One pastor’s journey from life on the streets to the head of pro-democracy protests
Ever since 59-year-old Laurie Hoirup was a year old, doctors have predicted she had only months to live. When she struggled to stand months after her first birthday, a doctor diagnosed her with Lou Gehrig’s disease. That day Hoirup’s mother placed her in her crib with a bottle, turned on the gas, and laid herself on the couch, waiting for both of them to die.
But within a few moments Hoirup’s mother realized the doctor could be wrong. She turned off the gas and resolved to face her daughter’s illness.
In the years following, doctors changed Hoirup’s diagnosis several times until at age 17 she learned she had spinal muscular atrophy, a condition that leaves her with little to no use of body parts except for her right hand. The Sacramento, Calif., woman relies on a ventilator and tempers pain with daily medication. She depends on family members and caregivers to feed, bathe, and groom her and to assist her with using the restroom.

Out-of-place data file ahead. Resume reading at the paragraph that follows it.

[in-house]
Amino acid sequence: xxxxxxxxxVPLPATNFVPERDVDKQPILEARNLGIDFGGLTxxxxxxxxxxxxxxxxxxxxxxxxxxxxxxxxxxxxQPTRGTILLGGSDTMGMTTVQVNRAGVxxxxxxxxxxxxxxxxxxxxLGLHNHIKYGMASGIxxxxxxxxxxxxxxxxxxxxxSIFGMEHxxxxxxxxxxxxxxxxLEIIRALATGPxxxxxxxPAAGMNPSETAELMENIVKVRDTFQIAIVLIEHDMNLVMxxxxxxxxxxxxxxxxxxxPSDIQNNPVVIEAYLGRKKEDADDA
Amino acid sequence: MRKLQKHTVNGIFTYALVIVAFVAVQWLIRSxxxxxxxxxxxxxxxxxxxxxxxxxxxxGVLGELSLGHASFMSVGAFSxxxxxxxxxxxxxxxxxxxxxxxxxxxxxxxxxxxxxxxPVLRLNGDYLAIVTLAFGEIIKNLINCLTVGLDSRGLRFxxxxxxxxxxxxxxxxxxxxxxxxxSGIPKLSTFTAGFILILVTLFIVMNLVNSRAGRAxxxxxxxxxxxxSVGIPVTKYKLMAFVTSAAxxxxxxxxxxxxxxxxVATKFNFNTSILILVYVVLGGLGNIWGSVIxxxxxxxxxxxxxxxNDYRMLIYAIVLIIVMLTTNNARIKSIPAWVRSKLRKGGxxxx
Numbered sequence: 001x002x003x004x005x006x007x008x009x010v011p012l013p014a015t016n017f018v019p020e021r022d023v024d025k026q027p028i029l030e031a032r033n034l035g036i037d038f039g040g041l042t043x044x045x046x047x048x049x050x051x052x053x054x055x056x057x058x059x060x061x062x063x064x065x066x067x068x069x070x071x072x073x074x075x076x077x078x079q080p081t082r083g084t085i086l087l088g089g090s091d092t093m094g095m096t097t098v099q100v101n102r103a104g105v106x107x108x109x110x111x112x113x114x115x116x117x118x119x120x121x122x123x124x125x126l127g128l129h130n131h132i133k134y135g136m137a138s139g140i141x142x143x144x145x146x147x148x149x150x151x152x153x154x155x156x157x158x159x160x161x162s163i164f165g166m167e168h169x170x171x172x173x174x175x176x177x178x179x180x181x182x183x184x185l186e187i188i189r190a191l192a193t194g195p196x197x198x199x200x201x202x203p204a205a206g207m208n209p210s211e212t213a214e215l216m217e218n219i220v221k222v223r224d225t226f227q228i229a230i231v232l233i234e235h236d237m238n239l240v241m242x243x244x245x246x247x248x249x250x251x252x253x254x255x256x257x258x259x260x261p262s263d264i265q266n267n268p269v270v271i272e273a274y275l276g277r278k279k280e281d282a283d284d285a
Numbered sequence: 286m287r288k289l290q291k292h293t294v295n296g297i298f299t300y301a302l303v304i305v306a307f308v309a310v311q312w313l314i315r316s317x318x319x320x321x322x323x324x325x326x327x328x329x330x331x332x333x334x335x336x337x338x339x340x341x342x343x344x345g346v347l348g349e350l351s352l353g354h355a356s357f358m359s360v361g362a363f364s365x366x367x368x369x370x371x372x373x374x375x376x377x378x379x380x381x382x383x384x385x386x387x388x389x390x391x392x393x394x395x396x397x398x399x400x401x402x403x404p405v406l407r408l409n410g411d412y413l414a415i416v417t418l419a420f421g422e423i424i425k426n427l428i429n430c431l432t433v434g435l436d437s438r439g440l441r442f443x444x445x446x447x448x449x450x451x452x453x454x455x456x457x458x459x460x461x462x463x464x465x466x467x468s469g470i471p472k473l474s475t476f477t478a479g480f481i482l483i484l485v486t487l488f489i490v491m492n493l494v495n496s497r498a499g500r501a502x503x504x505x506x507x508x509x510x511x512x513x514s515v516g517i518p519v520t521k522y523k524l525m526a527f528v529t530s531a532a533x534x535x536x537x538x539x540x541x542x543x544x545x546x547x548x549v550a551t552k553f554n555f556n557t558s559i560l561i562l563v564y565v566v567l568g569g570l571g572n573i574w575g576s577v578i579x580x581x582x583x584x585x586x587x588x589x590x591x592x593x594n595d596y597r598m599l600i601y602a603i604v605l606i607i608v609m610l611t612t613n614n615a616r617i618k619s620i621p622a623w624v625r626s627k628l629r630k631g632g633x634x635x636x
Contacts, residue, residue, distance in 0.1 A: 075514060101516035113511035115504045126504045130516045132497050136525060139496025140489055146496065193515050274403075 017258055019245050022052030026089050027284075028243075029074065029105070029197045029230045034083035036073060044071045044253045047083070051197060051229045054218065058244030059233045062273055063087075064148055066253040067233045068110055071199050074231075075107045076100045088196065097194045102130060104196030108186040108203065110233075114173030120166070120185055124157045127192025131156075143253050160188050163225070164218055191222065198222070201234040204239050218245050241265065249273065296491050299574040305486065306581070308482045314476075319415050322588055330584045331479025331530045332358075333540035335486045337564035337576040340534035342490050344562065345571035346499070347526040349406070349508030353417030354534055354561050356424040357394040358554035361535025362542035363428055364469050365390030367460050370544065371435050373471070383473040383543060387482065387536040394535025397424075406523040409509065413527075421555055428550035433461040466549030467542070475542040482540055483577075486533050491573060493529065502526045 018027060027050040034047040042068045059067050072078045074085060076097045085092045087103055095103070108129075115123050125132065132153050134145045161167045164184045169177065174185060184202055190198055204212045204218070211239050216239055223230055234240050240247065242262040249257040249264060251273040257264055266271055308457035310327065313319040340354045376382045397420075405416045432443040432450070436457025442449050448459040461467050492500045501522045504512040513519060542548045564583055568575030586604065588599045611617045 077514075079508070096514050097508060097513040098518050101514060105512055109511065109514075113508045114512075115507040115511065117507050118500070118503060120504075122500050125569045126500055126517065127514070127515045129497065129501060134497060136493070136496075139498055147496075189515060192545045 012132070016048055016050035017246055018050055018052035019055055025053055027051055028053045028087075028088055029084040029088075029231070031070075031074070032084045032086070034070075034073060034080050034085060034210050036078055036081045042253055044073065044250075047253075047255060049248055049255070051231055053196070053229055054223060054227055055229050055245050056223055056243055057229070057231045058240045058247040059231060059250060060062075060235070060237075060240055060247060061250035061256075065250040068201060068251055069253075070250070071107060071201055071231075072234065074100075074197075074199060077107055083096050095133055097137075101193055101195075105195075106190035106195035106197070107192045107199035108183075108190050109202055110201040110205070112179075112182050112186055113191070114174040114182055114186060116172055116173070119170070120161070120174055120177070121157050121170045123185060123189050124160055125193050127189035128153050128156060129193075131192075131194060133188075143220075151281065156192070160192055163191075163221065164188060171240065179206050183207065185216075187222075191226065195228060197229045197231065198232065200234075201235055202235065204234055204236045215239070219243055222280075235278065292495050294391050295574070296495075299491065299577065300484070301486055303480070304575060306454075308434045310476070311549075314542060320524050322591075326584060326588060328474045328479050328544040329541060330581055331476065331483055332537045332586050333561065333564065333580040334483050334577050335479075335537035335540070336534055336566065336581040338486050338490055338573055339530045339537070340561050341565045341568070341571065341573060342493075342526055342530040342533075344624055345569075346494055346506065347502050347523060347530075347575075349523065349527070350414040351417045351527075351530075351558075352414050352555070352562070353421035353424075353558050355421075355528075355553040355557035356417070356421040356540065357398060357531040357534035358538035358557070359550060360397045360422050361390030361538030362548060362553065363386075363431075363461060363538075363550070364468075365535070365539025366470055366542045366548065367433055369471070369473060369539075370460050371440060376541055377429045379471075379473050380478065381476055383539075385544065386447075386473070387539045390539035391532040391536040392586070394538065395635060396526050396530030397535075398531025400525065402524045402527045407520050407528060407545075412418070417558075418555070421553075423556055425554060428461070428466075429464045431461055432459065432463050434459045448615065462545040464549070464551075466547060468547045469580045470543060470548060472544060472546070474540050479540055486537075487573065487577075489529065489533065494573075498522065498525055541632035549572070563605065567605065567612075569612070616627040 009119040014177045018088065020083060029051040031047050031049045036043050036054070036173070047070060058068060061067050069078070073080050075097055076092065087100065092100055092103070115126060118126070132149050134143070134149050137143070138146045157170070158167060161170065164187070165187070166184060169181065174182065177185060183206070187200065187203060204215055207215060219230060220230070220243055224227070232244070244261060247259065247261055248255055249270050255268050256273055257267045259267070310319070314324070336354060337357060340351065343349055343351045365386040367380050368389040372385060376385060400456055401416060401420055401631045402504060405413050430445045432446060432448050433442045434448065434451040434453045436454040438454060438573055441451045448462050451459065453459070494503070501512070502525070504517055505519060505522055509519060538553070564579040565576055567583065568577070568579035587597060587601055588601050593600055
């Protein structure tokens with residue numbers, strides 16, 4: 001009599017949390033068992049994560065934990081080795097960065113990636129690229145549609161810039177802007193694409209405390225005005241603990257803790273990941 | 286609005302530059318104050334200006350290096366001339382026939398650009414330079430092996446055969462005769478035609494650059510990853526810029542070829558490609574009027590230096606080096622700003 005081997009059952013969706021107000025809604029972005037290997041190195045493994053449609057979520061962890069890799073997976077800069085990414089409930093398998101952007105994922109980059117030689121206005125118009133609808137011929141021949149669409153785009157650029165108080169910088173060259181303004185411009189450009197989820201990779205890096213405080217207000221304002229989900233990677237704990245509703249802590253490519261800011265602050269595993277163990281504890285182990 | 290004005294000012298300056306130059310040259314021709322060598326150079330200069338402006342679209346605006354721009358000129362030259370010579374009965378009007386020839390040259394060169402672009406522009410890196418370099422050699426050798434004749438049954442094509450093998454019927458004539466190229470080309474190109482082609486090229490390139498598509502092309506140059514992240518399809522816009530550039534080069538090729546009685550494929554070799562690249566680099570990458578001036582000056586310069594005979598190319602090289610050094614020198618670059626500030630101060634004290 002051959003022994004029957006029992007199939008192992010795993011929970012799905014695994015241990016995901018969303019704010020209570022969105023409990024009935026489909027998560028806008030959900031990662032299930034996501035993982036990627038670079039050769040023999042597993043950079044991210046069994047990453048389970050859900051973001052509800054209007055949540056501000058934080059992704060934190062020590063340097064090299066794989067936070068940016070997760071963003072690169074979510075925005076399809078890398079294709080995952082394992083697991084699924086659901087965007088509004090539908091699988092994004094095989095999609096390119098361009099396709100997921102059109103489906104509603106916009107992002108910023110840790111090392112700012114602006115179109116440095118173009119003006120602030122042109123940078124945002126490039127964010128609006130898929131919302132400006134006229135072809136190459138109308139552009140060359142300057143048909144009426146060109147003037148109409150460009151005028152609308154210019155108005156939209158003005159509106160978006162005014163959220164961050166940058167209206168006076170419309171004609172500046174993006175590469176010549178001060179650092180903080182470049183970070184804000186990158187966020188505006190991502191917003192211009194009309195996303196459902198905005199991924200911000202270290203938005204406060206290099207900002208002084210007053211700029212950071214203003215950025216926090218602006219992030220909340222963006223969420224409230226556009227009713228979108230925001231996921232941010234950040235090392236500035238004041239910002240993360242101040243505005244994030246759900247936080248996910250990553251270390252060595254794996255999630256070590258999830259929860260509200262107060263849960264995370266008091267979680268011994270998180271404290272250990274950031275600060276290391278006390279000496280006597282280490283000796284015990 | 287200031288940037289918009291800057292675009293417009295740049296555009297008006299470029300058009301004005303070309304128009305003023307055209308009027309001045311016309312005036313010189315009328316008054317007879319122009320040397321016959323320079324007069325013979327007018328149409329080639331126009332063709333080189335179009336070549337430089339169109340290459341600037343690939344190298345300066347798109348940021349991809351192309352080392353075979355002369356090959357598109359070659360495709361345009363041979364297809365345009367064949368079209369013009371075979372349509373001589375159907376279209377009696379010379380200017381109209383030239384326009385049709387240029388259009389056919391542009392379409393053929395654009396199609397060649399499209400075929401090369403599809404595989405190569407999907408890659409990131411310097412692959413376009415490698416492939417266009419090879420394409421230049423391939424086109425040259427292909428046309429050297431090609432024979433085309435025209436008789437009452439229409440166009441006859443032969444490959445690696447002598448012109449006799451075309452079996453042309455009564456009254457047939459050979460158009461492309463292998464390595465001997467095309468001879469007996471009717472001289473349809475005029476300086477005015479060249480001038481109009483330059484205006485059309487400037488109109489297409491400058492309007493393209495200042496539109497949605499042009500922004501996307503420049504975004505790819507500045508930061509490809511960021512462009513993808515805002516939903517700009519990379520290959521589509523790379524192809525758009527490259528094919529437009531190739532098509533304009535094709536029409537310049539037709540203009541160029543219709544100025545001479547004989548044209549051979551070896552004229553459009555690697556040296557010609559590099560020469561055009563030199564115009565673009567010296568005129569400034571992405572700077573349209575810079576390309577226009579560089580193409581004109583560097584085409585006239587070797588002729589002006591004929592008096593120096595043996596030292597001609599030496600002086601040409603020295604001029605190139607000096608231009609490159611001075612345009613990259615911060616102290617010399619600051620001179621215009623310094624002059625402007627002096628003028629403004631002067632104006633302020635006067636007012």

Hoirup has seen many persons with a prognosis like hers sink into depression and contemplate suicide. Indeed, she has had moments over the past 59 years when she thought, “This is really hard. … Maybe it would be easier if I wasn’t here.”
Under California’s new assisted suicide law, beginning this spring doctors can prescribe lethal drugs to patients with terminal illnesses who want to kill themselves. The new law roughly triples access to physician-assisted suicide nationwide—1 in 7 Americans now has access to it—and proliferates what advocates call “death with dignity” and deem a worthy alternative to end-of-life suffering and dependency.